This month we spent 5 minutes catching up with the winner of the LPA Student Challenges 2014-2015 final round – Emma Boyns. Emma – who is in her final year at the University of Gloucestershire studying Editorial and Advertising Photography - wins some amazing prizes including her own bespoke portfolio by the brilliant Delta Design with prints by Metro Imaging, as well as representation with LPA Futures for two years. Here’s what she had to say about the experience…
Congratulations on winning the LPA Student Challenges grand final! You’ve secured your place as one of the next group of LPA Futures photographers – how does it feel?
It feels great! I wanted to stay positive after entering but totally didn’t expect to win so it was a lovely surprise.
What are you looking forward to most about being a part of the LPA roster?
I think being part of a group of people whom I have looked up to and whose clients and work I really admire; Sam Stowell, Charlotte Tolhurst, Rowan Fee and others have really inspired my work.
For the final round you were asked by Richard Brim & Daniel Moorey of Adam&EveDDB to interpret the creative copy ‘Love it or Hate it’. What were your initial thoughts and how did you approach the brief?
This is actually a brief that I was set at university for one module, which all of us hated at the time so there was a bit of a joke about that at first! But I approached it in a completely different way and chose not to over complicate it, focusing on the one, simple theme of liquorice and how to create a striking series based around that narrative.
© Emma Boyns – Student Challenge Number Three submission
What made you want to pursue a career as a food photographer?
I’ve always loved cooking and baking and have found both to be very therapeutic, so the movement towards this genre happened entirely naturally for me; at first I didn’t even realise I was photographing everything I was making, and it soon became second nature. I don’t think I’d have the time to invest in a different subject, as food really is my passion and is constantly on my mind.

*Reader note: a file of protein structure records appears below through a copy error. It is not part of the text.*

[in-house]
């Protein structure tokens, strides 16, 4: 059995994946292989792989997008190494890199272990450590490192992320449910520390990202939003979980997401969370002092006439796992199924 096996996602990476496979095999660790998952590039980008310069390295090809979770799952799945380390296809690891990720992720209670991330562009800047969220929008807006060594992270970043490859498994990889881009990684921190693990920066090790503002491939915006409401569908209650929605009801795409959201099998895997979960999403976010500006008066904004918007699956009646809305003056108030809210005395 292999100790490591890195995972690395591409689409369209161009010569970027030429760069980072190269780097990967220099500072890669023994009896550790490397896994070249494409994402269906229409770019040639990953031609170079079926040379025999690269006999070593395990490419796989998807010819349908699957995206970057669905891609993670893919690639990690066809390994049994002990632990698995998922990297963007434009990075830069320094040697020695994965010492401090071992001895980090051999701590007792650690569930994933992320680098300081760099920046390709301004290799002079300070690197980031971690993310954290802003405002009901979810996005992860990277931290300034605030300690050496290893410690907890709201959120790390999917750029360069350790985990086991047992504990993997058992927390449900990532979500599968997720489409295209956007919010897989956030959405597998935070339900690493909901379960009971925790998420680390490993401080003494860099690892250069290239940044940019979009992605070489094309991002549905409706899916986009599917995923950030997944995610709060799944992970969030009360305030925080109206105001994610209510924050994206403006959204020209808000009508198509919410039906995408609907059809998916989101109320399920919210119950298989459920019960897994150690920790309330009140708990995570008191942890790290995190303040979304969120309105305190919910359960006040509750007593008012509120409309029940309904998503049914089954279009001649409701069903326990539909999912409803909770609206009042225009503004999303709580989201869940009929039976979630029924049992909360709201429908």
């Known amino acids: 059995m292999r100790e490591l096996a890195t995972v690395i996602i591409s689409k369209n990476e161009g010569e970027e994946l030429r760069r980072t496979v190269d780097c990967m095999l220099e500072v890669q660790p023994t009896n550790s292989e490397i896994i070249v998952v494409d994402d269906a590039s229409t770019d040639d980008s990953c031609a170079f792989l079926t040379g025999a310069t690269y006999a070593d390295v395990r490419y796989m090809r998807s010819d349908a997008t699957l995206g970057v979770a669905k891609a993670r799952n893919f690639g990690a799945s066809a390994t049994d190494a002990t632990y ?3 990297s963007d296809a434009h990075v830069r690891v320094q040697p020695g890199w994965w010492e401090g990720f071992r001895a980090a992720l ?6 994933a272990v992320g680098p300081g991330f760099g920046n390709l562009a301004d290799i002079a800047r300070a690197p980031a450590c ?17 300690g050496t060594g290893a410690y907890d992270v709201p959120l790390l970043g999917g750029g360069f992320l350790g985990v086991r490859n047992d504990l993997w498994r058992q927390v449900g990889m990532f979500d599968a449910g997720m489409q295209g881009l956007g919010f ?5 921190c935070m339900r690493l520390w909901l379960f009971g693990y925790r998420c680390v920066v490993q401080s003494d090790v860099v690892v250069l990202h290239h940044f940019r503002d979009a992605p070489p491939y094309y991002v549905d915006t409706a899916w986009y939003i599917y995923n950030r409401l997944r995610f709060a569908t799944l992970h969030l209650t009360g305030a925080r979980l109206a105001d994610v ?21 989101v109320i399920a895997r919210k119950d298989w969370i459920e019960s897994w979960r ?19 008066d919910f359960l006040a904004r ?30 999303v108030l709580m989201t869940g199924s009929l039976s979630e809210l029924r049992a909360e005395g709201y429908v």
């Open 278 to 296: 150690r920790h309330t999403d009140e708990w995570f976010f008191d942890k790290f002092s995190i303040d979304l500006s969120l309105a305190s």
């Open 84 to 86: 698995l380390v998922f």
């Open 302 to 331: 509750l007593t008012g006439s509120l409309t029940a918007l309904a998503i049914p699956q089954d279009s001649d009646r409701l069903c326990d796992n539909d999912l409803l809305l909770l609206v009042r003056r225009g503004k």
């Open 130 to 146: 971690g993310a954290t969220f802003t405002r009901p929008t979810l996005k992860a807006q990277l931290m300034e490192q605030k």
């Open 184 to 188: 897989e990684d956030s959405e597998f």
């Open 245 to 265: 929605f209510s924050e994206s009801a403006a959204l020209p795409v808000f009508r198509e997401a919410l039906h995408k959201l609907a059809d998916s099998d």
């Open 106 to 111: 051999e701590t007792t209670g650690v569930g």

How would you describe your photographic style?
I would describe it as fairly delicate, almost fragile sometimes. Although that may seem to contrast with my more conceptual, graphic images, I feel that a simplistic, minimalist theme runs through most of my work and the way I style shots often makes them quite feminine and dainty.
© Emma Boyns
Where do you look for inspiration – any favourite photographers, websites or blogs?
I am a huge fan of food blogs, which were the main focus of my dissertation. I admire the ability that bloggers such as Linda Lomelino and Izy Hossack have to cook, bake, write and photograph so beautifully. I also love cookbooks such as Nigel Slater’s Tender and Katie Quinn Davies’ What Katie Ate, and photographers such as Jean Cazals, Jonathan Gregson and Mowie Kay have been really inspirational for me.
If you weren’t a photographer, what would you be doing?
I have a big interest in psychology, which was my intended path while I was at sixth form, so perhaps something down that line. But I always think I’d find it hard to resist a food-based career, so you’d probably be more likely to find me in a little family-run bakery or restaurant.
© Emma Boyns
Your work impressed the judges in Student Challenge Number Two as well as the final round, what advice would you have for students wanting to enter the competition next year?
I think it would be to enter images that are strong rather than images that you ‘like.’ Don’t become too attached to an image because of the setting or context in which it was taken or the sentimental value it has to you – remember that the judges can only see the photographic merit and not these personal elements.